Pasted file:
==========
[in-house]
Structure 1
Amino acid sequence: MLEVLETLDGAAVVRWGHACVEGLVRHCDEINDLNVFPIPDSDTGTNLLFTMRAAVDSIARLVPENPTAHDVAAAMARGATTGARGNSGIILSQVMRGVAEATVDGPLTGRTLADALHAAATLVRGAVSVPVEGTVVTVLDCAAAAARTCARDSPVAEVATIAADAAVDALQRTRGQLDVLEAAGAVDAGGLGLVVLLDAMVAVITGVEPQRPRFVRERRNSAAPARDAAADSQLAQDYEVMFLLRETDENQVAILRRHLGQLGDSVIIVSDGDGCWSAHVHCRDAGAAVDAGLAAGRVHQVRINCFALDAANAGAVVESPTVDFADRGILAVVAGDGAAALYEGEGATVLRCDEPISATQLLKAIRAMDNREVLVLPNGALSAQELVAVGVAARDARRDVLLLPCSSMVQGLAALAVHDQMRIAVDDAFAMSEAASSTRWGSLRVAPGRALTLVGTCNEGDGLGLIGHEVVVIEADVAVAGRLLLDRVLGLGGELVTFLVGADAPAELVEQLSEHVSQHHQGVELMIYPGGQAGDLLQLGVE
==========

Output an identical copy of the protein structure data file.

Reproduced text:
[in-house]
Structure 1
Amino acid sequence: MLEVLETLDGAAVVRWGHACVEGLVRHCDEINDLNVFPIPDSDTGTNLLFTMRAAVDSIARLVPENPTAHDVAAAMARGATTGARGNSGIILSQVMRGVAEATVDGPLTGRTLADALHAAATLVRGAVSVPVEGTVVTVLDCAAAAARTCARDSPVAEVATIAADAAVDALQRTRGQLDVLEAAGAVDAGGLGLVVLLDAMVAVITGVEPQRPRFVRERRNSAAPARDAAADSQLAQDYEVMFLLRETDENQVAILRRHLGQLGDSVIIVSDGDGCWSAHVHCRDAGAAVDAGLAAGRVHQVRINCFALDAANAGAVVESPTVDFADRGILAVVAGDGAAALYEGEGATVLRCDEPISATQLLKAIRAMDNREVLVLPNGALSAQELVAVGVAARDARRDVLLLPCSSMVQGLAALAVHDQMRIAVDDAFAMSEAASSTRWGSLRVAPGRALTLVGTCNEGDGLGLIGHEVVVIEADVAVAGRLLLDRVLGLGGELVTFLVGADAPAELVEQLSEHVSQHHQGVELMIYPGGQAGDLLQLGVE